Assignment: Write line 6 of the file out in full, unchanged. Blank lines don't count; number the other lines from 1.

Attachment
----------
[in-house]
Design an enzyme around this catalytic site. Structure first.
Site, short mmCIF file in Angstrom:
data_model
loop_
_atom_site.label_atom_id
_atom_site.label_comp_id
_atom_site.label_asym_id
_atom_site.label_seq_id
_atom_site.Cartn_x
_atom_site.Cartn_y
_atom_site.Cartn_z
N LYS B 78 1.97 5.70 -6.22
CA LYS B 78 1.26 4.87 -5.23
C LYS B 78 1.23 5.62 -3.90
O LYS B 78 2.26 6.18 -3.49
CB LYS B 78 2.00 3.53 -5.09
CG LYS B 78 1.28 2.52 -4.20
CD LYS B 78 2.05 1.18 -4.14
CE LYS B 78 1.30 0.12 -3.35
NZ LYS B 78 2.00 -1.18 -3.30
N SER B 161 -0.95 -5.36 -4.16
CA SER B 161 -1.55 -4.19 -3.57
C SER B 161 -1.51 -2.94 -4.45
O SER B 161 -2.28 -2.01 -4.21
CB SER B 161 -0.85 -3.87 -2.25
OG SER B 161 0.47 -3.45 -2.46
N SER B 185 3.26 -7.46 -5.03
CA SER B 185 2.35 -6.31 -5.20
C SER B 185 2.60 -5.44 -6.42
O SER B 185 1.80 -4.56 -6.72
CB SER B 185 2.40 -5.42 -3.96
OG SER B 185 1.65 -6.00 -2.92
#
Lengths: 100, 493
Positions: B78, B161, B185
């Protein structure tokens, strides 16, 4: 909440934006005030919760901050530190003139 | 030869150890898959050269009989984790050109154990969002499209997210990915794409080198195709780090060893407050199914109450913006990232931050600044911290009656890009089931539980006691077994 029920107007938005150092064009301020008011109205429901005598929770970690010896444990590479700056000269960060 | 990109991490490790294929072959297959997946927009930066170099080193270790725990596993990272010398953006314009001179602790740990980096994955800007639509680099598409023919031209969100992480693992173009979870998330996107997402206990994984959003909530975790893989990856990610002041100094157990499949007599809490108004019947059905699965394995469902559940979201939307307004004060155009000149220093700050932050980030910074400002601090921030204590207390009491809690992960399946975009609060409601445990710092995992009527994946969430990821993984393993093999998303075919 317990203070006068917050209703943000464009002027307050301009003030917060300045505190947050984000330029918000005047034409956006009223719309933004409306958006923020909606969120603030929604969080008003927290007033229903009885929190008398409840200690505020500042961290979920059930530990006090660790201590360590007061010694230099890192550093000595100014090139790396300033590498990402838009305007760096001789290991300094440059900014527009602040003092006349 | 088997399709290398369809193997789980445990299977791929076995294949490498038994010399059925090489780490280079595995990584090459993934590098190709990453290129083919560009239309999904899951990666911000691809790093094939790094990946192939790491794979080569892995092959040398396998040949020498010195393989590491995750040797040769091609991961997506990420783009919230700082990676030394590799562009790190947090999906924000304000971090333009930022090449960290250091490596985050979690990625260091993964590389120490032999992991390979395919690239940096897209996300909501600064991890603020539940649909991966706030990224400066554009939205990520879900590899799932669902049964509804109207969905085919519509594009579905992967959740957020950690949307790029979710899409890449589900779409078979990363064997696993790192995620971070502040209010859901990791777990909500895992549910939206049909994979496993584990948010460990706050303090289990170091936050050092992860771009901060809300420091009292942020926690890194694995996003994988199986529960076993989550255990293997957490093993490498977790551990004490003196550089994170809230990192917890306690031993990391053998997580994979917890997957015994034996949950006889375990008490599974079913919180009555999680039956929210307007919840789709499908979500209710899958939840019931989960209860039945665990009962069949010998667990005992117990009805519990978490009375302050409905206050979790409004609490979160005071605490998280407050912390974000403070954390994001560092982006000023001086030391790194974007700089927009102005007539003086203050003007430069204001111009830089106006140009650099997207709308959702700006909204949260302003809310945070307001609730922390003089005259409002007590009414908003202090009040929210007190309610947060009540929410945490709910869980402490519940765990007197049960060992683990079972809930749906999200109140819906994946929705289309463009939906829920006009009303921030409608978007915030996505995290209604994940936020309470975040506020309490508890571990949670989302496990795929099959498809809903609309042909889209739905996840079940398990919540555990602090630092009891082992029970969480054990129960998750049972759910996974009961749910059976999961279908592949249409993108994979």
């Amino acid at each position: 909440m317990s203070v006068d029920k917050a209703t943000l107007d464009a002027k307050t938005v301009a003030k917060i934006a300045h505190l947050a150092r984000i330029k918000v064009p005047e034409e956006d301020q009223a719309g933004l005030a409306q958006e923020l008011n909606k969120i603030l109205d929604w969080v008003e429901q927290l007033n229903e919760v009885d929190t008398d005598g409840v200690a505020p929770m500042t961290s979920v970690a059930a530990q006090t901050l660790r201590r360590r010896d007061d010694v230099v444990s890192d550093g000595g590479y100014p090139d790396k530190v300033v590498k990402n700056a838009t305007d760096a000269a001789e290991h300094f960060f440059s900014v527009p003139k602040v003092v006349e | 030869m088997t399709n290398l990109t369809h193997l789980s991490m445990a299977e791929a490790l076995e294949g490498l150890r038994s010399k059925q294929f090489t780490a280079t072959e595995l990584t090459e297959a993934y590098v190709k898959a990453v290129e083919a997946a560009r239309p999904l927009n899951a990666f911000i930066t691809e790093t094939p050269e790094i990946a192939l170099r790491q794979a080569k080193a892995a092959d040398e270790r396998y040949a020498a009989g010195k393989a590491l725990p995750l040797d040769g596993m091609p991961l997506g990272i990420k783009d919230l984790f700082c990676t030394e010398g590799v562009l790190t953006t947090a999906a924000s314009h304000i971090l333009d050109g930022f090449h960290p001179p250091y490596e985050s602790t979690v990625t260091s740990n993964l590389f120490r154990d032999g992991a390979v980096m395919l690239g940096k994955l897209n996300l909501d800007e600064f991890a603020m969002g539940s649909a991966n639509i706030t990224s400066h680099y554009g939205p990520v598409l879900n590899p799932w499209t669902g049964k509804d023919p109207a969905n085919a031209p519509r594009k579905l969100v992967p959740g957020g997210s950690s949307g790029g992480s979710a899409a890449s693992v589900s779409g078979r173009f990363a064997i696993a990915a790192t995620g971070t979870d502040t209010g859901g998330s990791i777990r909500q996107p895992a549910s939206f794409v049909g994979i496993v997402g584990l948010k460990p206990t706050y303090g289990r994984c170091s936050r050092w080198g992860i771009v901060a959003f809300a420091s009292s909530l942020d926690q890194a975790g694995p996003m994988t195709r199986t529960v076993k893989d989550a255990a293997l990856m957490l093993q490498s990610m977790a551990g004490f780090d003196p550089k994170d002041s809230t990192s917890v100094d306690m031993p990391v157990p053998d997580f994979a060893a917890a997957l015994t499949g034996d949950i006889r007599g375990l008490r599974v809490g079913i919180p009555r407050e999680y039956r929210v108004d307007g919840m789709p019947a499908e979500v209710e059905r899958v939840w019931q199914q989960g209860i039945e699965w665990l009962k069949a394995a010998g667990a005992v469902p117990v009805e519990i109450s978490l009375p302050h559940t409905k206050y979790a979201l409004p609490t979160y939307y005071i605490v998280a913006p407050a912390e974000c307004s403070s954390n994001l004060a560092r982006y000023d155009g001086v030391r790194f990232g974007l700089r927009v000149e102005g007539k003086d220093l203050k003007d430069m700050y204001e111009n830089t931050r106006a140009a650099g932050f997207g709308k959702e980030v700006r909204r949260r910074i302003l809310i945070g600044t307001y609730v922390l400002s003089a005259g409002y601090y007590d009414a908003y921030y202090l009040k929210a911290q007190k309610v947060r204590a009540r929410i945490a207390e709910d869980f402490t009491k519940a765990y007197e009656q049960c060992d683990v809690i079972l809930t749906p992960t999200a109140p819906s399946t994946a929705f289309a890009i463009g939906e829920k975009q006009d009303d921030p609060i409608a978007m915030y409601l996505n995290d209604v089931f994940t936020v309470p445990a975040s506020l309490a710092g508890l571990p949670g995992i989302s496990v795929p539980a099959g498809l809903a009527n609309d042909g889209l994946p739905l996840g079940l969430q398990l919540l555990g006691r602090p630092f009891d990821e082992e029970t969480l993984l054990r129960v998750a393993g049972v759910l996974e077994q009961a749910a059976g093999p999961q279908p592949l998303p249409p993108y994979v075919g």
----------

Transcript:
_atom_site.label_atom_id